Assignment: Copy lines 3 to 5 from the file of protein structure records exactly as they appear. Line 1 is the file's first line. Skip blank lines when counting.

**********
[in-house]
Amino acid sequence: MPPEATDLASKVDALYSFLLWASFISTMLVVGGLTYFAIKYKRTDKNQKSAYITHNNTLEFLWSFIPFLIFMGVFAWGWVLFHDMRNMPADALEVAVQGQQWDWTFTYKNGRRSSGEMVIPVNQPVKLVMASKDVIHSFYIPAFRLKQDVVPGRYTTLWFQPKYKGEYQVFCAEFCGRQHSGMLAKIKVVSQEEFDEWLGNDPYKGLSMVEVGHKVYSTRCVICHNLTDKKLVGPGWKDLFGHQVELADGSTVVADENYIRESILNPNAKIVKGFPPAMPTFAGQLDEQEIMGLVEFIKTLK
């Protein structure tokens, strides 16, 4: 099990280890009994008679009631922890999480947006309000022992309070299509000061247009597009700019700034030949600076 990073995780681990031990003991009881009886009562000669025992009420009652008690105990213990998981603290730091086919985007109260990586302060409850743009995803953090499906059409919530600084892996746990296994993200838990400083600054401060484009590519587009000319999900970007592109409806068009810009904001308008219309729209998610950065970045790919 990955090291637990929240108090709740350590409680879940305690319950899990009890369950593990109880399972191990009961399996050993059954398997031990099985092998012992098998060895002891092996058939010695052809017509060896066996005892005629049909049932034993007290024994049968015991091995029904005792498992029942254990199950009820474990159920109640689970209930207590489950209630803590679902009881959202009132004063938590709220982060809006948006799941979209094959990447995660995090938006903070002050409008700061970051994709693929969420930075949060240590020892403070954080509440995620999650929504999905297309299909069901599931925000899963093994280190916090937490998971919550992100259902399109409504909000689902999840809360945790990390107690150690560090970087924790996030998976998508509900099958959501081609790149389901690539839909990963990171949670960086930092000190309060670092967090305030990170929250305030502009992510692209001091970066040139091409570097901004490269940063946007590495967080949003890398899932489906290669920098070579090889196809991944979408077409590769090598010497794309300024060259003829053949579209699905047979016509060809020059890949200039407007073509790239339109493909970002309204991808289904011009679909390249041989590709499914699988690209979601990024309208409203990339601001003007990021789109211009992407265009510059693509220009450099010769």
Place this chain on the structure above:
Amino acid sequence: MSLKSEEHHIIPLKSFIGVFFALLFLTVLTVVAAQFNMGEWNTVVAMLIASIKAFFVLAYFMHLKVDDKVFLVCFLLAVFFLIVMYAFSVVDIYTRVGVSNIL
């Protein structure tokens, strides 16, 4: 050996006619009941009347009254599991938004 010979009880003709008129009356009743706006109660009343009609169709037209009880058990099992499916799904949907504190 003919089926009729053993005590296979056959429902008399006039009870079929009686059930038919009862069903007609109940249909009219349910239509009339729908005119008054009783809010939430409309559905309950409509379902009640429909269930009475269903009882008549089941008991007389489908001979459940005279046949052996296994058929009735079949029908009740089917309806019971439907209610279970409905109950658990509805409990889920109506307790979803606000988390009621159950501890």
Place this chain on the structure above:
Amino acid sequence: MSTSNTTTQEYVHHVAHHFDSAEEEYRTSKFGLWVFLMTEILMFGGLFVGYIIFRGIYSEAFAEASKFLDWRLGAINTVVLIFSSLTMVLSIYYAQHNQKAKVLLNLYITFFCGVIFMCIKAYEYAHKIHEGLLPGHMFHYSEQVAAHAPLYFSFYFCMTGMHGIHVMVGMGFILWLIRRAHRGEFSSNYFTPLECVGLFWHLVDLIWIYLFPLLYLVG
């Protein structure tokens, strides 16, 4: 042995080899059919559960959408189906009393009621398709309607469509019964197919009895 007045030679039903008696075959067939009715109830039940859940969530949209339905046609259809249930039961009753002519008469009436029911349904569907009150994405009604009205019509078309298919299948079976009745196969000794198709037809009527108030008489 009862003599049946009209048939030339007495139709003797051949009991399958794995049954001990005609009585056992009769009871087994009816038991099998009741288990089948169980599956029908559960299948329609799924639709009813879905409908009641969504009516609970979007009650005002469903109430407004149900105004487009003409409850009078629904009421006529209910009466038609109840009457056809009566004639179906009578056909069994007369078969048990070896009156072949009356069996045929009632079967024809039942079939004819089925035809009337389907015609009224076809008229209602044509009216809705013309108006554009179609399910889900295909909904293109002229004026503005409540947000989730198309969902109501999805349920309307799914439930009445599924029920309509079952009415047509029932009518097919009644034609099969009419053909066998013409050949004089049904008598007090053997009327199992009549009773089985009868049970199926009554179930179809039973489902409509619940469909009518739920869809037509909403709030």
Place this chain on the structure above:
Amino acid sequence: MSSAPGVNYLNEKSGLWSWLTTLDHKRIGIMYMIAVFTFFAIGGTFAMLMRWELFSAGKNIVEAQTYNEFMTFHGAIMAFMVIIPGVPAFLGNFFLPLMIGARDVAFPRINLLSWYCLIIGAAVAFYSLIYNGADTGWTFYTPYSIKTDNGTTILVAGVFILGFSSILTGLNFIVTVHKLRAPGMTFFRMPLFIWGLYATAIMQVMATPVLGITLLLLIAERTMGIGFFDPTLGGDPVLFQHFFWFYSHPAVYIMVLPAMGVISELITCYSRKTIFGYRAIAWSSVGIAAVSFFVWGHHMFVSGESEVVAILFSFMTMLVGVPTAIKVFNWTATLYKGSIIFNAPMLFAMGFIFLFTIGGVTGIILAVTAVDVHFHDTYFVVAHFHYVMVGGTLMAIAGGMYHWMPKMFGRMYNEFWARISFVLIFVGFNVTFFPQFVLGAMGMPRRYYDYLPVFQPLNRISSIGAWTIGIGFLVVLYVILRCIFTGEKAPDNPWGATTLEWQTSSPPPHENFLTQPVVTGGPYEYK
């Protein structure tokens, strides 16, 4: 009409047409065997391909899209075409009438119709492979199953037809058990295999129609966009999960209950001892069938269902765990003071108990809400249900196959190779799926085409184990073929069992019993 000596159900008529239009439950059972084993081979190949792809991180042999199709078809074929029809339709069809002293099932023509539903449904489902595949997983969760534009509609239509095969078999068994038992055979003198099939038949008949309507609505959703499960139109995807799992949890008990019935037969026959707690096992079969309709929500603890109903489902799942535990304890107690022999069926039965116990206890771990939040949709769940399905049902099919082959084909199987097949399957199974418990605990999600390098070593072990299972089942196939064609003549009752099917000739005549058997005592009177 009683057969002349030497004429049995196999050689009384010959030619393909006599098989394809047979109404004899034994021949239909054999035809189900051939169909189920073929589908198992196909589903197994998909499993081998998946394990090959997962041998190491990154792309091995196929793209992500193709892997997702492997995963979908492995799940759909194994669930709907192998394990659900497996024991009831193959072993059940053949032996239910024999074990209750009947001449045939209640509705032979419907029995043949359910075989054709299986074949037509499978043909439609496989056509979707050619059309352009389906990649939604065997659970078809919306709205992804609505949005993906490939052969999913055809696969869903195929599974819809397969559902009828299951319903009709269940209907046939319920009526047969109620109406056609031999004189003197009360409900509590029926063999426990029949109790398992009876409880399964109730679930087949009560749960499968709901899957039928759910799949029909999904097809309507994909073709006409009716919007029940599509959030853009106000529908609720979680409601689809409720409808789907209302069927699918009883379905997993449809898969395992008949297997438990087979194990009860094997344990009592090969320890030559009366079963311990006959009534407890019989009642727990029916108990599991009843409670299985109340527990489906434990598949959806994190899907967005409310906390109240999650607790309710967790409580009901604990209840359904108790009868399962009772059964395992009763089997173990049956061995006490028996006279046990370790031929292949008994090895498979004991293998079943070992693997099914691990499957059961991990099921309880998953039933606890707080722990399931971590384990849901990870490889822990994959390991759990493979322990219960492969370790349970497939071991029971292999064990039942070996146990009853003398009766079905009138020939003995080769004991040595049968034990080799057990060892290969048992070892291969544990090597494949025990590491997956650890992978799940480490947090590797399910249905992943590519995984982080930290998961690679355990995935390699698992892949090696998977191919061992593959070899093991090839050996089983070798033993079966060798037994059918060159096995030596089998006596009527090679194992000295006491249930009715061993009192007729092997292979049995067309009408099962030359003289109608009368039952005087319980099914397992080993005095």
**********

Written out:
């Protein structure tokens, strides 16, 4: 099990280890009994008679009631922890999480947006309000022992309070299509000061247009597009700019700034030949600076 990073995780681990031990003991009881009886009562000669025992009420009652008690105990213990998981603290730091086919985007109260990586302060409850743009995803953090499906059409919530600084892996746990296994993200838990400083600054401060484009590519587009000319999900970007592109409806068009810009904001308008219309729209998610950065970045790919 990955090291637990929240108090709740350590409680879940305690319950899990009890369950593990109880399972191990009961399996050993059954398997031990099985092998012992098998060895002891092996058939010695052809017509060896066996005892005629049909049932034993007290024994049968015991091995029904005792498992029942254990199950009820474990159920109640689970209930207590489950209630803590679902009881959202009132004063938590709220982060809006948006799941979209094959990447995660995090938006903070002050409008700061970051994709693929969420930075949060240590020892403070954080509440995620999650929504999905297309299909069901599931925000899963093994280190916090937490998971919550992100259902399109409504909000689902999840809360945790990390107690150690560090970087924790996030998976998508509900099958959501081609790149389901690539839909990963990171949670960086930092000190309060670092967090305030990170929250305030502009992510692209001091970066040139091409570097901004490269940063946007590495967080949003890398899932489906290669920098070579090889196809991944979408077409590769090598010497794309300024060259003829053949579209699905047979016509060809020059890949200039407007073509790239339109493909970002309204991808289904011009679909390249041989590709499914699988690209979601990024309208409203990339601001003007990021789109211009992407265009510059693509220009450099010769």
Place this chain on the structure above:
Amino acid sequence: MSLKSEEHHIIPLKSFIGVFFALLFLTVLTVVAAQFNMGEWNTVVAMLIASIKAFFVLAYFMHLKVDDKVFLVCFLLAVFFLIVMYAFSVVDIYTRVGVSNIL